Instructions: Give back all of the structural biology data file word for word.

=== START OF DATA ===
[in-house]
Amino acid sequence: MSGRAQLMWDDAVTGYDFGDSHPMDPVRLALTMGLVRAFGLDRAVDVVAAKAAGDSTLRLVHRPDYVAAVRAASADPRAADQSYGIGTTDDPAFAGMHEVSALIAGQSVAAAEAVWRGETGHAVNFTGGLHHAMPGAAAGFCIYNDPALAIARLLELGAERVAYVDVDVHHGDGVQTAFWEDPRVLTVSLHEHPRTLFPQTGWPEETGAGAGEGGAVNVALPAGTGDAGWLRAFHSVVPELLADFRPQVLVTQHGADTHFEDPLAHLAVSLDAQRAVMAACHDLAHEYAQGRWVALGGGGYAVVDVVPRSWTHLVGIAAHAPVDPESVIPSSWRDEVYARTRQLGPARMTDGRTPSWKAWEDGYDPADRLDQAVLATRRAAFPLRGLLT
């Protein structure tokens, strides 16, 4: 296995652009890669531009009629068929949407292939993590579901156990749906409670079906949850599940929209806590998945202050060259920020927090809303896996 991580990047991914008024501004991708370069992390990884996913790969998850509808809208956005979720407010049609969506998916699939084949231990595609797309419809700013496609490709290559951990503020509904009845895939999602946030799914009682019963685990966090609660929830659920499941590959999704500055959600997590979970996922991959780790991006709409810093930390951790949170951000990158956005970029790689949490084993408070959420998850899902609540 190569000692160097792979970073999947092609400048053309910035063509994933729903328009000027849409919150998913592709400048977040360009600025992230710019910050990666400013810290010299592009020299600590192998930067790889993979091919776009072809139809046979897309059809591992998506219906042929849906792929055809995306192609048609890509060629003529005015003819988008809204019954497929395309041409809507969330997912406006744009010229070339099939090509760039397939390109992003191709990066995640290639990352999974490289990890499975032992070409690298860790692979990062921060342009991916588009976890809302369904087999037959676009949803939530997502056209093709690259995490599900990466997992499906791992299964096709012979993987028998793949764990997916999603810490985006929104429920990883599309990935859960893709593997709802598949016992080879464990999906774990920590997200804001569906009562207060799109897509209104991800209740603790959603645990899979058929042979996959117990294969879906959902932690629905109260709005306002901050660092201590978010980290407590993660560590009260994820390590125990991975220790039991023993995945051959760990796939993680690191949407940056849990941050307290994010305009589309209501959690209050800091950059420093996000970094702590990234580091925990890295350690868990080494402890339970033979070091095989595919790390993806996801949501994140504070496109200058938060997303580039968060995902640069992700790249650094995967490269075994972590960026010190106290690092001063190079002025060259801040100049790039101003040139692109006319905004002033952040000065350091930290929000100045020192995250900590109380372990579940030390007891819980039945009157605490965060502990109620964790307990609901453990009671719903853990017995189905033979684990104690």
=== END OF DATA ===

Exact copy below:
[in-house]
Amino acid sequence: MSGRAQLMWDDAVTGYDFGDSHPMDPVRLALTMGLVRAFGLDRAVDVVAAKAAGDSTLRLVHRPDYVAAVRAASADPRAADQSYGIGTTDDPAFAGMHEVSALIAGQSVAAAEAVWRGETGHAVNFTGGLHHAMPGAAAGFCIYNDPALAIARLLELGAERVAYVDVDVHHGDGVQTAFWEDPRVLTVSLHEHPRTLFPQTGWPEETGAGAGEGGAVNVALPAGTGDAGWLRAFHSVVPELLADFRPQVLVTQHGADTHFEDPLAHLAVSLDAQRAVMAACHDLAHEYAQGRWVALGGGGYAVVDVVPRSWTHLVGIAAHAPVDPESVIPSSWRDEVYARTRQLGPARMTDGRTPSWKAWEDGYDPADRLDQAVLATRRAAFPLRGLLT
């Protein structure tokens, strides 16, 4: 296995652009890669531009009629068929949407292939993590579901156990749906409670079906949850599940929209806590998945202050060259920020927090809303896996 991580990047991914008024501004991708370069992390990884996913790969998850509808809208956005979720407010049609969506998916699939084949231990595609797309419809700013496609490709290559951990503020509904009845895939999602946030799914009682019963685990966090609660929830659920499941590959999704500055959600997590979970996922991959780790991006709409810093930390951790949170951000990158956005970029790689949490084993408070959420998850899902609540 190569000692160097792979970073999947092609400048053309910035063509994933729903328009000027849409919150998913592709400048977040360009600025992230710019910050990666400013810290010299592009020299600590192998930067790889993979091919776009072809139809046979897309059809591992998506219906042929849906792929055809995306192609048609890509060629003529005015003819988008809204019954497929395309041409809507969330997912406006744009010229070339099939090509760039397939390109992003191709990066995640290639990352999974490289990890499975032992070409690298860790692979990062921060342009991916588009976890809302369904087999037959676009949803939530997502056209093709690259995490599900990466997992499906791992299964096709012979993987028998793949764990997916999603810490985006929104429920990883599309990935859960893709593997709802598949016992080879464990999906774990920590997200804001569906009562207060799109897509209104991800209740603790959603645990899979058929042979996959117990294969879906959902932690629905109260709005306002901050660092201590978010980290407590993660560590009260994820390590125990991975220790039991023993995945051959760990796939993680690191949407940056849990941050307290994010305009589309209501959690209050800091950059420093996000970094702590990234580091925990890295350690868990080494402890339970033979070091095989595919790390993806996801949501994140504070496109200058938060997303580039968060995902640069992700790249650094995967490269075994972590960026010190106290690092001063190079002025060259801040100049790039101003040139692109006319905004002033952040000065350091930290929000100045020192995250900590109380372990579940030390007891819980039945009157605490965060502990109620964790307990609901453990009671719903853990017995189905033979684990104690």